Not all bond selloffs are created equal. Some mean investors are deserting the asset class, others that they are just seeking protection, even if they may be shooting themselves in the foot in the process.
This emerging market debt rout has all the marks of a defensive move -- though if it continues it could easily unravel into a proper panic.
While developing nation bond indexes have been showing steep losses, the moves aren't across the board: Countries and companies with more debt outstanding have been leading the pack. That's partly explained by the fact that when funds are hit with redemptions exceeding the cash set aside for the purpose, they have to sell assets -- and larger, more liquid bonds are the easiest to unload.
It's easier to part ways with a security for which there is plenty of supply than with one that may not be offered again anytime soon. The perfect example is what's happening in Vietnamese versus Brazilian bonds. The yield on dollar debt from Brazil increased 87 basis points since Donald Trump's election, while Vietnamese notes for almost the same maturity rose only 50. That's in spite of the South American country's higher rating and lower dependence on trade with the U.S.
Clearly, the reason is more practical than fundamental. It isn't just that the bigger bonds are easier to sell, both in markets and psychologically. Debentures, unlike stocks, don't trade so often, especially in emerging markets, and usually the only securities that allow shorting are those with several billion dollars outstanding. Risk management, therefore, is much to blame for the recent spike in volatility.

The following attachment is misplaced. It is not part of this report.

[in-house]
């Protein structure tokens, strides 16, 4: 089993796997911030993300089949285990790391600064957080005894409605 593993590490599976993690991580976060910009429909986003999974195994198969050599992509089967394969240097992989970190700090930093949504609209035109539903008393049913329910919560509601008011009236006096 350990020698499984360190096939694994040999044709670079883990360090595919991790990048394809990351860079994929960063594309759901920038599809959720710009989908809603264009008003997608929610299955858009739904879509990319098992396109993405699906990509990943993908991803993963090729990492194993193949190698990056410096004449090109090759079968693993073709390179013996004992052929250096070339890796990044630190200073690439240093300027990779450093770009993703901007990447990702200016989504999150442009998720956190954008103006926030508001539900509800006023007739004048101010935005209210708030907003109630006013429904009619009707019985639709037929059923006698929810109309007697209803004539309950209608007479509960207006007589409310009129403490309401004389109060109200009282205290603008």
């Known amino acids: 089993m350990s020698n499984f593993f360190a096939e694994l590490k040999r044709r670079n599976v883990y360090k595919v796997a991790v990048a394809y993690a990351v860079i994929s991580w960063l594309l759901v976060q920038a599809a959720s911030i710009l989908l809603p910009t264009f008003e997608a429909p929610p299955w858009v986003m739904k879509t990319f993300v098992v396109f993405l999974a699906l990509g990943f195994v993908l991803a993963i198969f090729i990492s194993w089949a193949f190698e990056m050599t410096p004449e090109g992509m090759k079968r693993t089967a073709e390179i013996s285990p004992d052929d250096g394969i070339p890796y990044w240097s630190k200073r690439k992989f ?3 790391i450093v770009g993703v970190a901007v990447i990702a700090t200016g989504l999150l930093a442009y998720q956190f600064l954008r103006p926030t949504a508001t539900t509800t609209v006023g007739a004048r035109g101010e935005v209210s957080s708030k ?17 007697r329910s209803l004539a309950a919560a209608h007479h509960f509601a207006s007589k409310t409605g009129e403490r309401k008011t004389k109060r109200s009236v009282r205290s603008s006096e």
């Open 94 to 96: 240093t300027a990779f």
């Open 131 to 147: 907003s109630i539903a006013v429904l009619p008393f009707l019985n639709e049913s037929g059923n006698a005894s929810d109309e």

Ironically, the developing bond selloff may be spurred partly by defensive activity in a different corner of the market. Much of the almost $14 trillion in mortgages in the U.S. is held by investors who use the yields on 10-year Treasuries as their benchmark. When that increases, the cost of refinancing homes goes up. That in turn changes assumptions about when people will pay back their loans.
To mitigate the risk of being stuck for longer with a loan at a rate that's lower than the current market, mortgage investors short the 10-year Treasury bond. That usually accelerates the decline in price and creates a vicious circle until someone decides U.S. government debt has become too cheap and steps in. This process may help explain why the 10-year Treasury yield has increased 34 basis points in less than a week.
It was that steep rise that sparked the alarm bells for risk managers at emerging market funds and unleashed their own shorting. Once their defensive allocations are done, prices should find a floor. For now, at least.
This column does not necessarily reflect the opinion of Bloomberg LP and its owners.
To contact the author of this story:
Christopher Langner in Singapore at firstname.lastname@example.org
To contact the editor responsible for this story:
Matthew Brooker at email@example.com